Expression used as a semi-polite coverup for cursing -- you know it's not really French, the hearer knows it's not French, but you can acknowledge that what you're saying might be rude without actually admitting that it's rude. Presumably originates in apologizing for using foreign phrases in front of people who don't speak the language in question.

The consensus on the web is that 'pardon my French' is an expression used when one is compelled to use obscene language despite the presence of listeners who might be offended.

According to Issue 58 of Take Our Word For It (October 25, 1999) this phrase was first seen in Harper's Magazine in 1895.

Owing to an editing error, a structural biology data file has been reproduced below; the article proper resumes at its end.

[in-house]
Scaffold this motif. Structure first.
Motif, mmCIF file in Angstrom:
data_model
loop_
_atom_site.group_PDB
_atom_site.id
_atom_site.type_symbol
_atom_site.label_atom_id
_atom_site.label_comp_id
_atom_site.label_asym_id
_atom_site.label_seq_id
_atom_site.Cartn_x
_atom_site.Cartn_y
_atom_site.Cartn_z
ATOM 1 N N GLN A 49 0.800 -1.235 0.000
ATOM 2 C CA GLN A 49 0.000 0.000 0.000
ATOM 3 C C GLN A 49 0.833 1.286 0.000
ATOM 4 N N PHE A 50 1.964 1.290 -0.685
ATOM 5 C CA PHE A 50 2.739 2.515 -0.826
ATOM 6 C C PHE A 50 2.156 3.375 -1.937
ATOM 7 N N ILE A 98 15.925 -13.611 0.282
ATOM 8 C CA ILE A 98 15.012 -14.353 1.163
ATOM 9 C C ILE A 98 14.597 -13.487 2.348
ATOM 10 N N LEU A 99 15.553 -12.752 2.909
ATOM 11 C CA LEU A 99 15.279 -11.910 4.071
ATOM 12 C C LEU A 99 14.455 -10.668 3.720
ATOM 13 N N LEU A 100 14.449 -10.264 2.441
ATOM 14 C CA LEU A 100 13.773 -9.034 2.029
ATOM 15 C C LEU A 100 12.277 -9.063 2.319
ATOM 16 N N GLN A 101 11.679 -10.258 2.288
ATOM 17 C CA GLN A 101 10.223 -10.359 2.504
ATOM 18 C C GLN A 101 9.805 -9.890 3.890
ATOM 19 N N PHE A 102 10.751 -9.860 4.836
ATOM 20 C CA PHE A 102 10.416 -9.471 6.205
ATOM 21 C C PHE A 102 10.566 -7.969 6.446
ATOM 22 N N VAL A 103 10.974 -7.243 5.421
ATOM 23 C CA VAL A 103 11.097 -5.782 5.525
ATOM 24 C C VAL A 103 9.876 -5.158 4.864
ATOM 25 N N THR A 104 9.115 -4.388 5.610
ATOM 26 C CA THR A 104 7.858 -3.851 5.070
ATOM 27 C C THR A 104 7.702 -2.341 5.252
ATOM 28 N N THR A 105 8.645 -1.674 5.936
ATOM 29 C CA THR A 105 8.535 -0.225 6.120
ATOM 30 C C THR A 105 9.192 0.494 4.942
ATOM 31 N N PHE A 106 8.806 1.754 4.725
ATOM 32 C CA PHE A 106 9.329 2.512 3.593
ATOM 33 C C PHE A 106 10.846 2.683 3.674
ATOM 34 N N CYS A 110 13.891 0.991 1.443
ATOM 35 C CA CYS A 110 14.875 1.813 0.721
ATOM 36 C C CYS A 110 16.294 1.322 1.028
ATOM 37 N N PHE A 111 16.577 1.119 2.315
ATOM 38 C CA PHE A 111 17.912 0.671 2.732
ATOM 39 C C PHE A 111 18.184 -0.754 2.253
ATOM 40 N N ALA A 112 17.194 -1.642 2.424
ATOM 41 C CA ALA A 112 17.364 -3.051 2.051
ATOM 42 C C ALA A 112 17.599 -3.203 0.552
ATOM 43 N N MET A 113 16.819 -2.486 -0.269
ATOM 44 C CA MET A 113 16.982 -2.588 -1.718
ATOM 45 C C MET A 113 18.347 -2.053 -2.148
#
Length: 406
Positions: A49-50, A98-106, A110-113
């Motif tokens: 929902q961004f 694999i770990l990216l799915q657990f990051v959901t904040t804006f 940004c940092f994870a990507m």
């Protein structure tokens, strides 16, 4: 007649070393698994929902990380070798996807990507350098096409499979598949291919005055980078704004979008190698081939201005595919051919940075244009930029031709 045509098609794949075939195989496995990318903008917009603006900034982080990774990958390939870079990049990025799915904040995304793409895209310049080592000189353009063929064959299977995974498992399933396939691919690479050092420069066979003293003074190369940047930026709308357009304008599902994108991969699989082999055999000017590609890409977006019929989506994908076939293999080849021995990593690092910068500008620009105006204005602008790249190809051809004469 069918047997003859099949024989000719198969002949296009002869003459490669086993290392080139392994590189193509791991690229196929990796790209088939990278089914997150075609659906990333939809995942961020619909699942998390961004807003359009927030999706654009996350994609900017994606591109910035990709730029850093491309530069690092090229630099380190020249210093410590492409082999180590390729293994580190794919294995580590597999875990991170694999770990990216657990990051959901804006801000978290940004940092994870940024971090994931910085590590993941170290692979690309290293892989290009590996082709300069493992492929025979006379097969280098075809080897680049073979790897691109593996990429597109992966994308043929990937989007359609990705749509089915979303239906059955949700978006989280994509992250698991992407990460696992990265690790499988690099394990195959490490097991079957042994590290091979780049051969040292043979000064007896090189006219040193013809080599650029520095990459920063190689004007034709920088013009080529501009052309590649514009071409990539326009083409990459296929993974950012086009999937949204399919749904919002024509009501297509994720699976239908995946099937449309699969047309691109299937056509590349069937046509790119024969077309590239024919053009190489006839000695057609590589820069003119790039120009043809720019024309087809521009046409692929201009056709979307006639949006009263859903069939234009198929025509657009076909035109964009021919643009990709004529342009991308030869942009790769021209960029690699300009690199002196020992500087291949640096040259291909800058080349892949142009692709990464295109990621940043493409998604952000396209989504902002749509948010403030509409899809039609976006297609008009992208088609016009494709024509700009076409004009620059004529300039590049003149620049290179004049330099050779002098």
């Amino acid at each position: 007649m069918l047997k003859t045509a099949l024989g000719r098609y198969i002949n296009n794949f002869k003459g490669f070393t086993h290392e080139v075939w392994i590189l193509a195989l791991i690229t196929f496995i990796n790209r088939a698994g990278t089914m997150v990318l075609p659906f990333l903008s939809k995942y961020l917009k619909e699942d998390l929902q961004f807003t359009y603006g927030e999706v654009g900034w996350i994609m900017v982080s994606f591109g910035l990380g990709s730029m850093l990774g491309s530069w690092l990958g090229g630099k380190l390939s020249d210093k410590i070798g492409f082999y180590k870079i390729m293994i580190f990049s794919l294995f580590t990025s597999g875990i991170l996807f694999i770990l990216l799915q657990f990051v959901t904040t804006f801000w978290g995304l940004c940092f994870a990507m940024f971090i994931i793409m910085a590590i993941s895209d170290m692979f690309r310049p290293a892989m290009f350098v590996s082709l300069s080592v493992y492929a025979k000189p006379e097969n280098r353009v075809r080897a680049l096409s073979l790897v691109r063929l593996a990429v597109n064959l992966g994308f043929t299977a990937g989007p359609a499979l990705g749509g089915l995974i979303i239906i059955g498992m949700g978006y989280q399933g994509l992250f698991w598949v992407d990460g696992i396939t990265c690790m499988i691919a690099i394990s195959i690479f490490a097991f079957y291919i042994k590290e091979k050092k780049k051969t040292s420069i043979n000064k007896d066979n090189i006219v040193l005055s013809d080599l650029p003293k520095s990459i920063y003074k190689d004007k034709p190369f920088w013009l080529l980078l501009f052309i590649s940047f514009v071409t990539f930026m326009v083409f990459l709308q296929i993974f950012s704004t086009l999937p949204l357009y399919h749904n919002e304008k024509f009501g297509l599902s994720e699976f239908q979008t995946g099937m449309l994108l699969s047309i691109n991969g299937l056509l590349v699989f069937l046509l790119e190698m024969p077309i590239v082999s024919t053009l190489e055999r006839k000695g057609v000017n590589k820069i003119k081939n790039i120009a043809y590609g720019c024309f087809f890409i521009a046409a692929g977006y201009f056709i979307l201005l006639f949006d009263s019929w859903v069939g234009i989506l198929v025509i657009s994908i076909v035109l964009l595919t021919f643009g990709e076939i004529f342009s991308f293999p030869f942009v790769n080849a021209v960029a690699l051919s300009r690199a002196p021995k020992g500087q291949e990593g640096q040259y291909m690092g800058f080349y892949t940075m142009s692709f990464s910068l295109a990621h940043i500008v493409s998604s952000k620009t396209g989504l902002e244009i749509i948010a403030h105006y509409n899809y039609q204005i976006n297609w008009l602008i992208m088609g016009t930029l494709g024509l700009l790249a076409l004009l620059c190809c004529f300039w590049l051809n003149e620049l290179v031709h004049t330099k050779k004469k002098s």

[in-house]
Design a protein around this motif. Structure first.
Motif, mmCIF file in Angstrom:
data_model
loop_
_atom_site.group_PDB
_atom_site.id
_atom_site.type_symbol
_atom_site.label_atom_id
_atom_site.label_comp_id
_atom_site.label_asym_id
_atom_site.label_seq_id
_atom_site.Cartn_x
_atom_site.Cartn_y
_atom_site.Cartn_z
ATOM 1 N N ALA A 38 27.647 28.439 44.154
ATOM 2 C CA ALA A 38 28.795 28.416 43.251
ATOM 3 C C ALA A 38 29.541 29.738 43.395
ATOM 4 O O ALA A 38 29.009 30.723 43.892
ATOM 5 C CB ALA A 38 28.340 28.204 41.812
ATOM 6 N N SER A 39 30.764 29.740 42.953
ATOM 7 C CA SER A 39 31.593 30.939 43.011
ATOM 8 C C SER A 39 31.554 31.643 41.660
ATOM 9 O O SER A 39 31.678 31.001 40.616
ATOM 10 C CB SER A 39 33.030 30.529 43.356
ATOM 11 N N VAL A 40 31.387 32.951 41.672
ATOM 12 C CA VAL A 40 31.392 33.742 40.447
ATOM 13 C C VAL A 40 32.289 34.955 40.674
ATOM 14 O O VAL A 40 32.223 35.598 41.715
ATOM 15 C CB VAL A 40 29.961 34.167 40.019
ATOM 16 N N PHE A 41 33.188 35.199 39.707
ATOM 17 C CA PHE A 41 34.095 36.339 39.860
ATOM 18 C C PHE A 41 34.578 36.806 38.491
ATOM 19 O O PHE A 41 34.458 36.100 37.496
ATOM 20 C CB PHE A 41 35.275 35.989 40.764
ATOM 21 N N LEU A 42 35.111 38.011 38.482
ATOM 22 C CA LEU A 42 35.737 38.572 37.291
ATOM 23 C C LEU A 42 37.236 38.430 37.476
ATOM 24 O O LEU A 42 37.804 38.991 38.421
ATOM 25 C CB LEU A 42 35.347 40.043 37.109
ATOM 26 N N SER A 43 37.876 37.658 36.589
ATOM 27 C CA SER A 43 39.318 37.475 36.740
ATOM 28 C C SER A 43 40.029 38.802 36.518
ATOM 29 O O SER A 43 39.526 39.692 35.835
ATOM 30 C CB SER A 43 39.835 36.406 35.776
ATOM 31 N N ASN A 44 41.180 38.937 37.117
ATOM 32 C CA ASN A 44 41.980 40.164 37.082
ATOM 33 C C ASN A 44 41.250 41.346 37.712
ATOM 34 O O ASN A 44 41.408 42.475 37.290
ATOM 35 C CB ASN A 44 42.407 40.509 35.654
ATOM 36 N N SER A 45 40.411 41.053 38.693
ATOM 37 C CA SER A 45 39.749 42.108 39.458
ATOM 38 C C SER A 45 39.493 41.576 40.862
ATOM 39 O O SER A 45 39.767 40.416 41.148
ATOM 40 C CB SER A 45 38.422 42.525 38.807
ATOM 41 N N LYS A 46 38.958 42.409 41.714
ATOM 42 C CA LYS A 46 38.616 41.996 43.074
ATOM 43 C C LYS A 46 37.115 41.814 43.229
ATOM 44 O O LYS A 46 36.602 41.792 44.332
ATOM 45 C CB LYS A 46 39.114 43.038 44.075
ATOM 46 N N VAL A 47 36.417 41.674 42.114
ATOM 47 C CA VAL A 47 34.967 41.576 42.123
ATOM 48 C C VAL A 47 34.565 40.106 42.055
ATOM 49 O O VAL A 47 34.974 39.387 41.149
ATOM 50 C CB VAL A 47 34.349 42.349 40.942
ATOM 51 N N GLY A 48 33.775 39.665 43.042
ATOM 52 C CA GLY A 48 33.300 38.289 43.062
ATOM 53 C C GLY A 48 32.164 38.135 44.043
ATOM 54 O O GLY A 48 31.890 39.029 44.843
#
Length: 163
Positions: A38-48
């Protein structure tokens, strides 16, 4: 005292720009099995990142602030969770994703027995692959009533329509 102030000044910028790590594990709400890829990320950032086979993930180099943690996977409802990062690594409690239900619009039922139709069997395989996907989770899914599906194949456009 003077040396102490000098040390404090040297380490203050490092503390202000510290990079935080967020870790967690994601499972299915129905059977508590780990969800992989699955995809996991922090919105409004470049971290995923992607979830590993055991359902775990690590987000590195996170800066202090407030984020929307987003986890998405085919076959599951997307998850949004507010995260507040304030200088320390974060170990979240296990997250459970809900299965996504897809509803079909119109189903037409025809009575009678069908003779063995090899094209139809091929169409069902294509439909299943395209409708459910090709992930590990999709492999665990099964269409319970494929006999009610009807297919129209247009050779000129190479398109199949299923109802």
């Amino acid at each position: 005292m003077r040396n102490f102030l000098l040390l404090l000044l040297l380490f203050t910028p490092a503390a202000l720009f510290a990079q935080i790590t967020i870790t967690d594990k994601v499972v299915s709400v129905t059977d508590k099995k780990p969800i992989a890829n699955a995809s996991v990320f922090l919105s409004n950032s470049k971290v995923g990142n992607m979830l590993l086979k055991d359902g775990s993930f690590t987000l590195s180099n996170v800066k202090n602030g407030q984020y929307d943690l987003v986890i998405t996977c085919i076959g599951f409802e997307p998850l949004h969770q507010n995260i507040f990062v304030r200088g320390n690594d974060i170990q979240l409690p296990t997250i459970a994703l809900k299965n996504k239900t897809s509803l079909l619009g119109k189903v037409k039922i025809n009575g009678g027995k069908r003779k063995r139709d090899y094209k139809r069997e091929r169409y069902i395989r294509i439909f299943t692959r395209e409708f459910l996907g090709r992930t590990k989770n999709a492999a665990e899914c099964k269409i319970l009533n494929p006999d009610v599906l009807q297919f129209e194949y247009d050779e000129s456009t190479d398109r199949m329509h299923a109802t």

Note that the association between the French and vulgarity is even older than this. 'French Pox' and 'the French Disease' both refer to genital herpes and 'French-sick' was a synonym for syphillis -- all of these date back to the early 16th century. Also consider French letter, French kiss and French novel.

English is notorious for using nationalities in a derogatory manner. Consider Indian giver, French leave, Mexican standoff, or Chinese fire drill.


Take Our Word For it Issue 58:

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